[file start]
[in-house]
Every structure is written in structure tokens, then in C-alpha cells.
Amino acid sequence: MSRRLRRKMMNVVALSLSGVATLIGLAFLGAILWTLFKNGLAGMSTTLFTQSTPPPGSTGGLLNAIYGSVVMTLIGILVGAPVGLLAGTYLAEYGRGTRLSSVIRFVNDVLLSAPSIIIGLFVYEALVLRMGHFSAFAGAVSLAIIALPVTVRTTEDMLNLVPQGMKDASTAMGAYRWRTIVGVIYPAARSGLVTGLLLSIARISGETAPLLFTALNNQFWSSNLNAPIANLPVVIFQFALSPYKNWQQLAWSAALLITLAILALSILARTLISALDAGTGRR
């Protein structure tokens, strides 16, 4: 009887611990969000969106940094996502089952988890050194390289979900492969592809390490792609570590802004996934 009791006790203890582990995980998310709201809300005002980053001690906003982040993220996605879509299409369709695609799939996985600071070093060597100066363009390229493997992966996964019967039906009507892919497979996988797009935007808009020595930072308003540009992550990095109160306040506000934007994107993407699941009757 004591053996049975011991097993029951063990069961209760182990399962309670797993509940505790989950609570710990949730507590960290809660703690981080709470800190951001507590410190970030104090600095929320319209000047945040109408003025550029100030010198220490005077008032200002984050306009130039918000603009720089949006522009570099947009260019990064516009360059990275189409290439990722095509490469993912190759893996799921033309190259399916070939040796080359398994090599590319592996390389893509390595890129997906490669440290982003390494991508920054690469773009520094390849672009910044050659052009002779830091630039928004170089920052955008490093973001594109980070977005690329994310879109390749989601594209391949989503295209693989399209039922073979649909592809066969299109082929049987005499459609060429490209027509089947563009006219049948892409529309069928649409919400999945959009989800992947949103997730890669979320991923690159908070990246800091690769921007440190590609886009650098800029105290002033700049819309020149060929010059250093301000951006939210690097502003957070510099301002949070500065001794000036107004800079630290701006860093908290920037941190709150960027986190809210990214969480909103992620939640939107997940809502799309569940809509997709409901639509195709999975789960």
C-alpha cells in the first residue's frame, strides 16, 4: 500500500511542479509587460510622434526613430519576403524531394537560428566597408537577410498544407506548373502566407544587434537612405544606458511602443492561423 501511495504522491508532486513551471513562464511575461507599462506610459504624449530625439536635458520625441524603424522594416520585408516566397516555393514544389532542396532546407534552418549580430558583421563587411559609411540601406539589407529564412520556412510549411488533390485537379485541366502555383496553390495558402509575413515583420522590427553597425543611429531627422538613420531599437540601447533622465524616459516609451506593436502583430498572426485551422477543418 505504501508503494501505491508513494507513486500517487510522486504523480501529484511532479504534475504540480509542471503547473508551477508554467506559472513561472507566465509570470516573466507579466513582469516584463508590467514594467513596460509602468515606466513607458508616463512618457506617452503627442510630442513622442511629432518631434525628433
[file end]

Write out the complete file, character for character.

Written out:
[in-house]
Every structure is written in structure tokens, then in C-alpha cells.
Amino acid sequence: MSRRLRRKMMNVVALSLSGVATLIGLAFLGAILWTLFKNGLAGMSTTLFTQSTPPPGSTGGLLNAIYGSVVMTLIGILVGAPVGLLAGTYLAEYGRGTRLSSVIRFVNDVLLSAPSIIIGLFVYEALVLRMGHFSAFAGAVSLAIIALPVTVRTTEDMLNLVPQGMKDASTAMGAYRWRTIVGVIYPAARSGLVTGLLLSIARISGETAPLLFTALNNQFWSSNLNAPIANLPVVIFQFALSPYKNWQQLAWSAALLITLAILALSILARTLISALDAGTGRR
């Protein structure tokens, strides 16, 4: 009887611990969000969106940094996502089952988890050194390289979900492969592809390490792609570590802004996934 009791006790203890582990995980998310709201809300005002980053001690906003982040993220996605879509299409369709695609799939996985600071070093060597100066363009390229493997992966996964019967039906009507892919497979996988797009935007808009020595930072308003540009992550990095109160306040506000934007994107993407699941009757 004591053996049975011991097993029951063990069961209760182990399962309670797993509940505790989950609570710990949730507590960290809660703690981080709470800190951001507590410190970030104090600095929320319209000047945040109408003025550029100030010198220490005077008032200002984050306009130039918000603009720089949006522009570099947009260019990064516009360059990275189409290439990722095509490469993912190759893996799921033309190259399916070939040796080359398994090599590319592996390389893509390595890129997906490669440290982003390494991508920054690469773009520094390849672009910044050659052009002779830091630039928004170089920052955008490093973001594109980070977005690329994310879109390749989601594209391949989503295209693989399209039922073979649909592809066969299109082929049987005499459609060429490209027509089947563009006219049948892409529309069928649409919400999945959009989800992947949103997730890669979320991923690159908070990246800091690769921007440190590609886009650098800029105290002033700049819309020149060929010059250093301000951006939210690097502003957070510099301002949070500065001794000036107004800079630290701006860093908290920037941190709150960027986190809210990214969480909103992620939640939107997940809502799309569940809509997709409901639509195709999975789960």
C-alpha cells in the first residue's frame, strides 16, 4: 500500500511542479509587460510622434526613430519576403524531394537560428566597408537577410498544407506548373502566407544587434537612405544606458511602443492561423 501511495504522491508532486513551471513562464511575461507599462506610459504624449530625439536635458520625441524603424522594416520585408516566397516555393514544389532542396532546407534552418549580430558583421563587411559609411540601406539589407529564412520556412510549411488533390485537379485541366502555383496553390495558402509575413515583420522590427553597425543611429531627422538613420531599437540601447533622465524616459516609451506593436502583430498572426485551422477543418 505504501508503494501505491508513494507513486500517487510522486504523480501529484511532479504534475504540480509542471503547473508551477508554467506559472513561472507566465509570470516573466507579466513582469516584463508590467514594467513596460509602468515606466513607458508616463512618457506617452503627442510630442513622442511629432518631434525628433